Suddenly there it was, in clear view: Smoothly and slowly, the cat walked along the rocky ledges of the riverbank, stopping in places to gaze across the open, dry riverbed. Impalas, nervous and alert, stared back across the grassy plain.
Unexpectedly the spotted cat had appeared, as if detaching itself from the dun-colored rocks. Its movements were effortless along the rough terrain, setting its paws deliberately, completely silent below a blinding sun and still air. We followed, astonished, for several minutes, the animal ignoring us as we inched the car forward. Eventually the leopard climbed a short slope and paused at the lip of the ridge. It uttered three deep growls before vanishing as quickly as it had appeared.
These graceful cats are just one species of many large animals that are relatively easy to observe in their natural environment within Kgalagadi Transfrontier Park.
Kgalagadi is a vast protected area that spans from South Africa across the border into Botswana. Red sand dunes covered in sparse vegetation and interspersed by ancient, desiccated riverbeds stretch for thousands of wild square miles. The smaller section of the park, which lies within South Africa, has two maintained gravel roads and three rest camps that offer camping and accommodation — a great western alternative to the variety of safari opportunities, national and private, located throughout the eastern part of the country.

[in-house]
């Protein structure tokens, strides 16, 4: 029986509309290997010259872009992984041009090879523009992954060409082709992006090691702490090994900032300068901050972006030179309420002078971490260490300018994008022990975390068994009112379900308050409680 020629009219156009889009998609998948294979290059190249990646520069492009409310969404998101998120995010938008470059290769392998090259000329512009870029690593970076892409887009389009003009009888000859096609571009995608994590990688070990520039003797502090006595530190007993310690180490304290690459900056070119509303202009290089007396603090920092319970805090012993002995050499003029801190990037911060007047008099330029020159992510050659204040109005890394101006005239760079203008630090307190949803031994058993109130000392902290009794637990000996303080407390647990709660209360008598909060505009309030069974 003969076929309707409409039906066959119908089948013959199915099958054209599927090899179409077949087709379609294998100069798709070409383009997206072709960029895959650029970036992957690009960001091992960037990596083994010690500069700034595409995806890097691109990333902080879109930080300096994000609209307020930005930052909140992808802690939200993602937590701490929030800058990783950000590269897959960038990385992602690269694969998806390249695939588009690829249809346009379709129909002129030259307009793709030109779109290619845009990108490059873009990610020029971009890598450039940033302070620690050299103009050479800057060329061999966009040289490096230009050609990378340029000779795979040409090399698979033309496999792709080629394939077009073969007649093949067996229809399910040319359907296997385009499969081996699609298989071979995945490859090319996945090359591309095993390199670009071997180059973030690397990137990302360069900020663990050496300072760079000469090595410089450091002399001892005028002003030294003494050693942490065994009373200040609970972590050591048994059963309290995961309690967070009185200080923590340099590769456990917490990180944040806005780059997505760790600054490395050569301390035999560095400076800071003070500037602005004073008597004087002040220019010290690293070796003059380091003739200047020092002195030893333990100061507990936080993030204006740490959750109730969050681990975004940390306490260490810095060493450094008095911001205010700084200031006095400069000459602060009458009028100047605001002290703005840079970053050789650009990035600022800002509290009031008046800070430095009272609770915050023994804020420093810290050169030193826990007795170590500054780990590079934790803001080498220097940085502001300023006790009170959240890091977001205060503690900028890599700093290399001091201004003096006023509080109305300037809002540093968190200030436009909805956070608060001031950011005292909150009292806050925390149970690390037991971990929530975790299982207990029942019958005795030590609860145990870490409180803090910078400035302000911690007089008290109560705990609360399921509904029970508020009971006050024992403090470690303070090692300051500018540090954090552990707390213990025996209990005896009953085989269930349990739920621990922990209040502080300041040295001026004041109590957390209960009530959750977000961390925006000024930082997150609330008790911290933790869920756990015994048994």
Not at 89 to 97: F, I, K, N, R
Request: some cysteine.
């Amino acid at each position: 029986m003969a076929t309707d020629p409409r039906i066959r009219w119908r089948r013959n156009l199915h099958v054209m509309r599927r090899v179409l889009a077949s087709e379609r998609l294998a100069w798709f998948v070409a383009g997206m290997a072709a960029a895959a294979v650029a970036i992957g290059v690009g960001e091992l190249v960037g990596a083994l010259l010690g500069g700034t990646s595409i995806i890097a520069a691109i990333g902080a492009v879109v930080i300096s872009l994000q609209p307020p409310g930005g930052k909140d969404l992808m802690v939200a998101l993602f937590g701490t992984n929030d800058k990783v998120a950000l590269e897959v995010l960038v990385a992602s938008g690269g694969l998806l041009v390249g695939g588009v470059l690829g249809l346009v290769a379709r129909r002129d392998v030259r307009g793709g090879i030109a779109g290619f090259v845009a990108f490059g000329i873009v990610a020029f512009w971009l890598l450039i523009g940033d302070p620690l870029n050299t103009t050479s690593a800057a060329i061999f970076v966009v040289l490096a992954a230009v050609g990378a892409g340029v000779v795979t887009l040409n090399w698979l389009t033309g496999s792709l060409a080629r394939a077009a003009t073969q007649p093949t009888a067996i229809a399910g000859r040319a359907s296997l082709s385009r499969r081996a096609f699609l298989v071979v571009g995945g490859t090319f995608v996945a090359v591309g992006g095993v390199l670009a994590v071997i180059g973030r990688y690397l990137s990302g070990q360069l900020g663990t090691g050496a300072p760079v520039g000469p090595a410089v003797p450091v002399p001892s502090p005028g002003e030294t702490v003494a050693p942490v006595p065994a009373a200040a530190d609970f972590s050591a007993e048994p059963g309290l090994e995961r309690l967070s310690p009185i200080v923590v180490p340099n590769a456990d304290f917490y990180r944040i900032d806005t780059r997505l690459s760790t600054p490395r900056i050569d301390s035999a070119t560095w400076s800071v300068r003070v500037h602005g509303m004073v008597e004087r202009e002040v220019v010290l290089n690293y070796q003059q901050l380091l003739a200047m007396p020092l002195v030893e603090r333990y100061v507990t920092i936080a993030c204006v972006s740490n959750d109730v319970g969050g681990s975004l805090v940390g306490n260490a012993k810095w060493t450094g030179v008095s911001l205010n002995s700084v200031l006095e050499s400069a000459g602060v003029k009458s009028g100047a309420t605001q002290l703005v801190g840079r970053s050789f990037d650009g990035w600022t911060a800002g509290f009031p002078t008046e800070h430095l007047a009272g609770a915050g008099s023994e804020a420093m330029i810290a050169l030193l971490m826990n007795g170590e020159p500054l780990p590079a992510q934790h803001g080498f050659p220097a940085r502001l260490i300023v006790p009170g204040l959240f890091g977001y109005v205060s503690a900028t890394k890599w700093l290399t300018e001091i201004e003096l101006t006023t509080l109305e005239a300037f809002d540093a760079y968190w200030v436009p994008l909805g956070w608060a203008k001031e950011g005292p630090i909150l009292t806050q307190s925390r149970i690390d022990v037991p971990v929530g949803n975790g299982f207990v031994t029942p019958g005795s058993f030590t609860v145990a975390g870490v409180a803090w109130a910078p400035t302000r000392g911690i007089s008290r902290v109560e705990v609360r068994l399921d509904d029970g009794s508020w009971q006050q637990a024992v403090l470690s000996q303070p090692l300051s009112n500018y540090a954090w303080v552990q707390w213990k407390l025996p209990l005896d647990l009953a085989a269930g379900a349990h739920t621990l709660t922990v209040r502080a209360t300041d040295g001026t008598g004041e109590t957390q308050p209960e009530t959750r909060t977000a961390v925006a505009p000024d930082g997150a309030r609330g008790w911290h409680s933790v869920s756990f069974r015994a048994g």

It's free of crowds but full of wildlife, and while it cannot boast the Big Five, the sheer abundance of large predators at Kgalagadi compensates
It's free of crowds but full of wildlife, and while it cannot boast the Big Five — lions, leopards, rhinos, elephants and Cape buffalo — the sheer abundance of large predators at Kgalagadi compensates. That's why many South Africans make the long trip.
We left Upington, the last town and gateway to Kgalagadi, at midday, allowing enough time to tackle the 160-mile drive to reach the entrance. For nearly three hours, the narrow paved road wound through emptiness of open grasslands lined by barbed wire. Occasionally we spotted scattered cattle.
The only interruptions included a single turnoff — signed "Namibia" — and an African wild cat, looking much like Felix while stalking rodents in the roadside grass. A rusty sign indicating a gas station at an indeterminate distance to the left was a bit reassuring. Fortunately, we arrived at the entrance station without mishaps and proceeded quickly to the reception.
The Twee Rivieren Rest Camp, located near the entrance, is not positioned within the quiet solitude of the center of the park, but offers a convenient start. We pitched our tent and prepared for a previously-booked night drive, one of the highlights of our visit to the park.
Visitors are not permitted to head into the park at night unaccompanied, but ranger-led expeditions are available nightly. We met our guides and the truck at the store an hour after sunset and were pleased to see we were the only participants on this night ride.